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Prince Harry vows to continue Invictus Games on last day

Prince Harry has vowed to continue his inspirational Invictus Games in an interview on the last day of the competition in Canada, saying: ‘The sky’s the limit.’ 

The 33-year-old royal, once again without his girlfriend, Meghan Markle, was attending the wheelchair basketball finals at the Mattamy Athletics Centre in Toronto.

Sitting with a small group of aides, the prince clapped and cheered as the USA played Denmark. 

Shortly before going in to watch the play, the prince spoke to Dome, the host broadcaster for the games, alongside Team Canada competitor Mike Trauner. 

Prince Harry has vowed to continue his inspirational Invictus Games in an interview on the last day of the competition in Canada, saying: ‘The sky’s the limit’

The royal, once again without his girlfriend, Meghan Markle, was attending the wheelchair basketball finals at the Mattamy Athletics Centre in Toronto

The royal, once again without his girlfriend, Meghan Markle, was attending the wheelchair basketball finals at the Mattamy Athletics Centre in Toronto

Sitting with a small group of aides, the prince clapped and cheered as the USA played Denmark

Sitting with a small group of aides, the prince clapped and cheered as the USA played Denmark

Asked about how long he thought the competition for injured servicemen and women – founded in 2014 – would continue for, he said: ‘Look, I think I’ve said many, many times before that Invictus has got a shelf life because as other people have said the conveyor belt of wounded coming back from war has ceased to a certain a certain extent especially for these 70 nations.

‘But for us at the Invictus foundation it happens every year: you think we’ve made a decision and then you come to the games and boom!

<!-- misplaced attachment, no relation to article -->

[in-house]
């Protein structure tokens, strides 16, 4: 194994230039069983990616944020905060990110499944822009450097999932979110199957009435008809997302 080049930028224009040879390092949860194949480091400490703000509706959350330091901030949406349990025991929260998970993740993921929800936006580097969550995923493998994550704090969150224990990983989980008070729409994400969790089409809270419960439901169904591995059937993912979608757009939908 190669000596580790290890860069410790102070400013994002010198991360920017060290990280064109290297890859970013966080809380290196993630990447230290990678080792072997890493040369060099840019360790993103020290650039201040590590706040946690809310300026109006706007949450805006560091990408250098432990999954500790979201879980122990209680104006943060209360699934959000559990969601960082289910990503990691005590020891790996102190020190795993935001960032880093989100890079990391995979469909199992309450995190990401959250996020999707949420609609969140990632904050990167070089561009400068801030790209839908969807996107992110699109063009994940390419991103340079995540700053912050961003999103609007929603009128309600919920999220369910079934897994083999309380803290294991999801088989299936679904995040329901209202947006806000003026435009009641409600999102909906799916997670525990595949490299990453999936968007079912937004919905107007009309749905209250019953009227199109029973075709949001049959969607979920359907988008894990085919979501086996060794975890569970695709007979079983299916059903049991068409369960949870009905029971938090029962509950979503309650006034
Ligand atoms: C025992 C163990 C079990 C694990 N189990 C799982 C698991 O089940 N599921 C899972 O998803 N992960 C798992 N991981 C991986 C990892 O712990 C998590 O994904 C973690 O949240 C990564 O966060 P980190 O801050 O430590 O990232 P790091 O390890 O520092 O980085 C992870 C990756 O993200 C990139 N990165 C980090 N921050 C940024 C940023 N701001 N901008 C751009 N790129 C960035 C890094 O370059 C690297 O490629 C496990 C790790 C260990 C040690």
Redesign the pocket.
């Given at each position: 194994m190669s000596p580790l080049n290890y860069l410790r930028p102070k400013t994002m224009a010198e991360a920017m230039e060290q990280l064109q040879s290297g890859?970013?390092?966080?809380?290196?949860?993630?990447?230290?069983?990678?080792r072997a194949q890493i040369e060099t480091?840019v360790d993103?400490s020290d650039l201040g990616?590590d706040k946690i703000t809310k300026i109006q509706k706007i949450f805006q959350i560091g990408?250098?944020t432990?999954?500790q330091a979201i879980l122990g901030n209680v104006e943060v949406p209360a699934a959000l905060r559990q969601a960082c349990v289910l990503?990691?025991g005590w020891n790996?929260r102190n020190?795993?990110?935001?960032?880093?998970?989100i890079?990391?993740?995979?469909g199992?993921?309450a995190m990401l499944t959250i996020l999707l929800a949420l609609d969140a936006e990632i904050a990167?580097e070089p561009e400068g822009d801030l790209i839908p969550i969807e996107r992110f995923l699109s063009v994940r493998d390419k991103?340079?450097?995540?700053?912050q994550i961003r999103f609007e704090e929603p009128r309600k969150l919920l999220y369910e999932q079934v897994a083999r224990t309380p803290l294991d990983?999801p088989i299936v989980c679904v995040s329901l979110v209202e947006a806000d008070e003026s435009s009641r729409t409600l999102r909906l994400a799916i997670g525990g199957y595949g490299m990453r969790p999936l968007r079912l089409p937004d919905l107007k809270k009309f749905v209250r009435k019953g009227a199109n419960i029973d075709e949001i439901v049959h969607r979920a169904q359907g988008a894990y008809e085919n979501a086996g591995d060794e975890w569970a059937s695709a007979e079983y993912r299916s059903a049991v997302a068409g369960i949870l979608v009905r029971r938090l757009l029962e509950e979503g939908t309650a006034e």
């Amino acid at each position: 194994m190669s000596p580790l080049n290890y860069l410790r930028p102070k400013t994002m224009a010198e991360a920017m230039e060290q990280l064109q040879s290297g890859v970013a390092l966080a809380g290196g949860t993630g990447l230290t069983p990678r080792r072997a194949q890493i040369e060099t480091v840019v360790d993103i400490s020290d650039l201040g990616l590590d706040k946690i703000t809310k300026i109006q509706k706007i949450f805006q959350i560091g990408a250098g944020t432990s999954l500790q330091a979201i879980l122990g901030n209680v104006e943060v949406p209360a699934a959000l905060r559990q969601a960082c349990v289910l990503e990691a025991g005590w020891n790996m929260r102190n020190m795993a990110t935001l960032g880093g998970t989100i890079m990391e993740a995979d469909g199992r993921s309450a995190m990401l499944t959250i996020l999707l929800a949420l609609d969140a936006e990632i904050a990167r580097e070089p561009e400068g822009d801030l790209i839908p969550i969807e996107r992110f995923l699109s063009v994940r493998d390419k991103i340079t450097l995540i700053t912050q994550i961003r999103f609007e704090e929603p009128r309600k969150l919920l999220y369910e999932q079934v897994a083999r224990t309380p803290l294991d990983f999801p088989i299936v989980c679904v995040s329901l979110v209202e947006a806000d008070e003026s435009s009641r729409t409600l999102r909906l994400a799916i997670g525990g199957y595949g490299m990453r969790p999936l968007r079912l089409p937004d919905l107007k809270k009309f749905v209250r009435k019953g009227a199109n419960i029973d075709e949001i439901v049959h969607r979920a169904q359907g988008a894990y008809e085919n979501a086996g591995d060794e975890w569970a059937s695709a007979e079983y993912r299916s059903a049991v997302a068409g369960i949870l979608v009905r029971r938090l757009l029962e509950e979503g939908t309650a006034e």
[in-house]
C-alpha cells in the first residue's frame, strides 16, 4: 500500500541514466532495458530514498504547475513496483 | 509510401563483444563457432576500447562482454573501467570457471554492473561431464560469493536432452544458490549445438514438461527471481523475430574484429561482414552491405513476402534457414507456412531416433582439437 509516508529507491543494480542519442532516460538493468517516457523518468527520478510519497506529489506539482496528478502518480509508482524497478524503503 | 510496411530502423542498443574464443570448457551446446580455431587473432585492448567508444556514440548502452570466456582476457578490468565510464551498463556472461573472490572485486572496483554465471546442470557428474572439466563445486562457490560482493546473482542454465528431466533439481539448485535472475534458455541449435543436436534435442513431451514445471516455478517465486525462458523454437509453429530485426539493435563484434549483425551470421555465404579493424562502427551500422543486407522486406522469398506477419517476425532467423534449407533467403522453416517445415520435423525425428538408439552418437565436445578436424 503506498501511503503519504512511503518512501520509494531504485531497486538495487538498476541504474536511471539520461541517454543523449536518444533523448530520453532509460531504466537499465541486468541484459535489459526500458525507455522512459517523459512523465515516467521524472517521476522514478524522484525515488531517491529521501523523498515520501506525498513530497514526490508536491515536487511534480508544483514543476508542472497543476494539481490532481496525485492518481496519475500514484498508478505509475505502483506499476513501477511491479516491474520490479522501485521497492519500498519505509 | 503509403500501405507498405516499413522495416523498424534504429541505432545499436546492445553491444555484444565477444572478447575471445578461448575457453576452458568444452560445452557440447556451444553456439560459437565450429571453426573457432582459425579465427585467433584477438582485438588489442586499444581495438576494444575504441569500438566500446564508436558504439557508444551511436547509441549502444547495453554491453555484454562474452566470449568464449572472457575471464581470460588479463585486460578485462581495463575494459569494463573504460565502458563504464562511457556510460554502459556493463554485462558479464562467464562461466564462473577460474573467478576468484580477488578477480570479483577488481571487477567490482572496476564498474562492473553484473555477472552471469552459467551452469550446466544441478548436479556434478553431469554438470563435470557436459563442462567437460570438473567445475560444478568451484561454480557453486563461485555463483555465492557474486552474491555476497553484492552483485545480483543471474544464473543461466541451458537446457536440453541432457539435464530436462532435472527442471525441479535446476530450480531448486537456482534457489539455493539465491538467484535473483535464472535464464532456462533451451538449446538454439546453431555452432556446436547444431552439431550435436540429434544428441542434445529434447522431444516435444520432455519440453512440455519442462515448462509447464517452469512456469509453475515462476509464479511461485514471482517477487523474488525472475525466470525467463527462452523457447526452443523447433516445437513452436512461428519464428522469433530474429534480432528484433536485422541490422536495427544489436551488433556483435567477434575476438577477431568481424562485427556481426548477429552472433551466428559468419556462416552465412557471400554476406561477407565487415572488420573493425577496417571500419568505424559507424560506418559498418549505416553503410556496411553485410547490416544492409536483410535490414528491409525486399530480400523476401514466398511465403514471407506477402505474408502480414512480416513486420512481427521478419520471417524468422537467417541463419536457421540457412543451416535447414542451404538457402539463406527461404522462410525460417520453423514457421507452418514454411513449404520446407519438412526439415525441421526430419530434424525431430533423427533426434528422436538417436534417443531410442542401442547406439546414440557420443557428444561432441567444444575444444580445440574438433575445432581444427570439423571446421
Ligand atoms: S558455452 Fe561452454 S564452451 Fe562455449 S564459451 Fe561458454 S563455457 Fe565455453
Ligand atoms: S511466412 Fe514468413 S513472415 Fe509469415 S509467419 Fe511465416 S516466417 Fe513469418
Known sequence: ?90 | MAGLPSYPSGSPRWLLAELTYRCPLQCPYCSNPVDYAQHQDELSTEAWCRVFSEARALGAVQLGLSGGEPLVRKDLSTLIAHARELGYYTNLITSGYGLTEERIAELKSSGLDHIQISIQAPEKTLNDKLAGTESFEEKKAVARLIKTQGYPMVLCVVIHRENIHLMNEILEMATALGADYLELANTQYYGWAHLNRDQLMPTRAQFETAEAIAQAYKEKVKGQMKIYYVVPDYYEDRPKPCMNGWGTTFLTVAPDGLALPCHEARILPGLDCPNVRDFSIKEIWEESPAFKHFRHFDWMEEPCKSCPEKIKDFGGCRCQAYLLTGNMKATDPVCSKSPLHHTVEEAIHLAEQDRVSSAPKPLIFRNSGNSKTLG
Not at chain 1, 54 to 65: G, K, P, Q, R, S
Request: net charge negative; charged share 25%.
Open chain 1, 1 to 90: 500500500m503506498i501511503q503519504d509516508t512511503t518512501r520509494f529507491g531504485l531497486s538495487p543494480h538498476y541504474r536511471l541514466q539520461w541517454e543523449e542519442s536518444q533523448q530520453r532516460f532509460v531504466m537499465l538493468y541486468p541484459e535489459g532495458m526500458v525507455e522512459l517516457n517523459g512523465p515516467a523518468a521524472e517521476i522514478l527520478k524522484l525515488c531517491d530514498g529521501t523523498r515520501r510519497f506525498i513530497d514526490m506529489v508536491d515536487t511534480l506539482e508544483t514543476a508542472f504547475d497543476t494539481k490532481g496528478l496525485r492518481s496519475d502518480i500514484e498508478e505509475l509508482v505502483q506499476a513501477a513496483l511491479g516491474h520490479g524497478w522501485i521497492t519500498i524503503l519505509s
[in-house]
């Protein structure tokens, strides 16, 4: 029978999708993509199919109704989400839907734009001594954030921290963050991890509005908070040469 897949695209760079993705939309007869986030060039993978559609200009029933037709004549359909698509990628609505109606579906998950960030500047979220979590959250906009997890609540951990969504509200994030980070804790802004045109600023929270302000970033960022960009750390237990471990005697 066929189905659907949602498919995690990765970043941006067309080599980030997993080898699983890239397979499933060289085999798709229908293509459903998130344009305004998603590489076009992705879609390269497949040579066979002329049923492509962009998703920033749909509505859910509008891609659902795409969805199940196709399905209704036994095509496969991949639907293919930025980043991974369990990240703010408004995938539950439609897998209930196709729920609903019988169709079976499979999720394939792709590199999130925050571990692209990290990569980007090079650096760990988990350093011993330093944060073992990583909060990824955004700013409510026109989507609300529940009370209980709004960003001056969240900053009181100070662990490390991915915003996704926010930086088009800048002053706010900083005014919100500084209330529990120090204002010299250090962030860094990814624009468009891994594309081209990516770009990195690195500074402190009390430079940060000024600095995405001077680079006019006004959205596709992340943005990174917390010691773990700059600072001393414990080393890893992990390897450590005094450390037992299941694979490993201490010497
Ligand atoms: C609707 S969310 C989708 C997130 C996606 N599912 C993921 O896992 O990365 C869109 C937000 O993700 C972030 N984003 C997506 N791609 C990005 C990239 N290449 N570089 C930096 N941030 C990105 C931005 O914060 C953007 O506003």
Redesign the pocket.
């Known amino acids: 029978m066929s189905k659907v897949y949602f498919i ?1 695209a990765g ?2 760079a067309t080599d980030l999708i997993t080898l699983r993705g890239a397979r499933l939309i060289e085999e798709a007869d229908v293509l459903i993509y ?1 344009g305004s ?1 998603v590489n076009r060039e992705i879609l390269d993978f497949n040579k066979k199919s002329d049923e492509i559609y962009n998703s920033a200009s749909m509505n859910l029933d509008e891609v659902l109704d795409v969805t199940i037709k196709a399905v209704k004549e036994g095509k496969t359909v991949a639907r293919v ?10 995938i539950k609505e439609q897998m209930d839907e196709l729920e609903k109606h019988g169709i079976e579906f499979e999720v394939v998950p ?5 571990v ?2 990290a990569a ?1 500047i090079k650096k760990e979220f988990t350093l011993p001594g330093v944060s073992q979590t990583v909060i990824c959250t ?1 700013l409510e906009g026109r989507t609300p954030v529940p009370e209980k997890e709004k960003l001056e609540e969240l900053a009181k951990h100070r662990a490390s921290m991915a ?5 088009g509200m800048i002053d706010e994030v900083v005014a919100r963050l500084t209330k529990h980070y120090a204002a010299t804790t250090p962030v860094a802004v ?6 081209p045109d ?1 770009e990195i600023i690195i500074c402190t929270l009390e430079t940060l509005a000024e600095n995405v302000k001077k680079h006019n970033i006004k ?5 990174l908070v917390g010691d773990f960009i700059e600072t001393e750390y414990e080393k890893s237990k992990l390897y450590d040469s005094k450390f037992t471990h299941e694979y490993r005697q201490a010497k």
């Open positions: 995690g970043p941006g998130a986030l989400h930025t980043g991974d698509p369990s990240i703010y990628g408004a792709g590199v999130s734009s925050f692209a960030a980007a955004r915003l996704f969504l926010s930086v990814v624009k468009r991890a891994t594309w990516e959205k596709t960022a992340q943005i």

‘And it’s like, you know what we have a social responsibility to continue this for a long as it’s needed. Which is what I’ve always said.

We’ll have to wait and see. The world needs Invictus, these guys need Invictus, I need Invictus, we all need our fix. We all need to be inspired, we all need to be encouraged and reminded of what duty and service is all about.

‘It would be silly of us to close it out.’

The competition was founded by Prince Harry in 2014 for injured servicemen and women 

Asked about how long he thought the competiion would continue for, he said: 'Look, I think I've said many, many times before that Invictus has got a shelf life because as other people have said the conveyor belt of wounded coming back from war has ceased to a certain a certain extent especially for these 70 nations'

Asked about how long he thought the competiion would continue for, he said: ‘Look, I think I’ve said many, many times before that Invictus has got a shelf life because as other people have said the conveyor belt of wounded coming back from war has ceased to a certain a certain extent especially for these 70 nations’

The royal said that he envisaged the 'shape and form' of the game changing somewhat - this year 550 competitors from 17 countries have taken part in 12 different adaptive sports ranging from swimming to indoor rowing - but insisted that the 'future looks bright'.

The royal said that he envisaged the ‘shape and form’ of the game changing somewhat – this year 550 competitors from 17 countries have taken part in 12 different adaptive sports ranging from swimming to indoor rowing – but insisted that the ‘future looks bright’.